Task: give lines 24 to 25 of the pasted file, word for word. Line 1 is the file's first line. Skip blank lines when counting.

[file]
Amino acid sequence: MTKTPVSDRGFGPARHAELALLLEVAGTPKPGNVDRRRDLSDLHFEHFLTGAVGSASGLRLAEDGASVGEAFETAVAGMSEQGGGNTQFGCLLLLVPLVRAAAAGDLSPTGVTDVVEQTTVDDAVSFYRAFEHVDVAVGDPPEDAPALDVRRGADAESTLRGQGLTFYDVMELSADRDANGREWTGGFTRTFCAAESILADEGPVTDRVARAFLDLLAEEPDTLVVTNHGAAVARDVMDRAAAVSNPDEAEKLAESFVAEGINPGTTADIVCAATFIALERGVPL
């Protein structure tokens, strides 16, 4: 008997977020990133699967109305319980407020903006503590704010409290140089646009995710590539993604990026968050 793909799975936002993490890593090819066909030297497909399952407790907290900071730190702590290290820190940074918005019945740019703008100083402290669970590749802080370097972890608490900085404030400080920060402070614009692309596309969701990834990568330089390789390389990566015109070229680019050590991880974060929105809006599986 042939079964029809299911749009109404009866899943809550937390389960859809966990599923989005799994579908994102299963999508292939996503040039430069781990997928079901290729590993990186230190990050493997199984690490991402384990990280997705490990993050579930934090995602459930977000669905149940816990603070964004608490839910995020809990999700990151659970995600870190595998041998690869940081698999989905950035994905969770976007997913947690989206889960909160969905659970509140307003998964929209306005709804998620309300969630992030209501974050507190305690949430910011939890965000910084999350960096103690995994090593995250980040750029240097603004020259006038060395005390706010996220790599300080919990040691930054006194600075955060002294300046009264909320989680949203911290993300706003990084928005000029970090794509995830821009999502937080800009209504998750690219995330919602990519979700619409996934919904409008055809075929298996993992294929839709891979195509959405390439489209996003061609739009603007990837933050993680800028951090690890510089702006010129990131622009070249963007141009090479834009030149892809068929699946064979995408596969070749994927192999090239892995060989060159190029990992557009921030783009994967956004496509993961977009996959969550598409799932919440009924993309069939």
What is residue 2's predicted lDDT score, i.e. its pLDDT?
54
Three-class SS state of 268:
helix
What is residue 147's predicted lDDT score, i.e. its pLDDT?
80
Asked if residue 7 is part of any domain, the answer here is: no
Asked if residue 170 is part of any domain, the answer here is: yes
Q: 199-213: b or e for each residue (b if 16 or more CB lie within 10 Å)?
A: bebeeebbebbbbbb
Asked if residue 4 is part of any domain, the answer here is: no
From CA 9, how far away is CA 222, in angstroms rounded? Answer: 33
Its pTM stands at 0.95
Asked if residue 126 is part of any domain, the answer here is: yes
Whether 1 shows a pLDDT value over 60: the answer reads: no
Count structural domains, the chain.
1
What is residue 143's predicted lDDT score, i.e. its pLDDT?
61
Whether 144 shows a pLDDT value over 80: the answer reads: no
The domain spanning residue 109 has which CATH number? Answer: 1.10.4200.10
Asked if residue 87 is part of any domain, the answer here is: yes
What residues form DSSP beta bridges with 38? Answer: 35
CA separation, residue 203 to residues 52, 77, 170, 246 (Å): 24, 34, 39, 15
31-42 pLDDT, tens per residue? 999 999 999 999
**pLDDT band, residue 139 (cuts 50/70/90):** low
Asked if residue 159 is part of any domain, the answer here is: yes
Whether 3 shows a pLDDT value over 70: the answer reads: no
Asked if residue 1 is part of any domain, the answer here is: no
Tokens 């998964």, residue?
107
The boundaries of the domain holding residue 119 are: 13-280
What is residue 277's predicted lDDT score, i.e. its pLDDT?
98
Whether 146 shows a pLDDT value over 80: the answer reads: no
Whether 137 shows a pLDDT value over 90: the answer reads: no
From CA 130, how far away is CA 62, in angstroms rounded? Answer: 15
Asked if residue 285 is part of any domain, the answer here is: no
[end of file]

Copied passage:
Asked if residue 87 is part of any domain, the answer here is: yes
What residues form DSSP beta bridges with 38? Answer: 35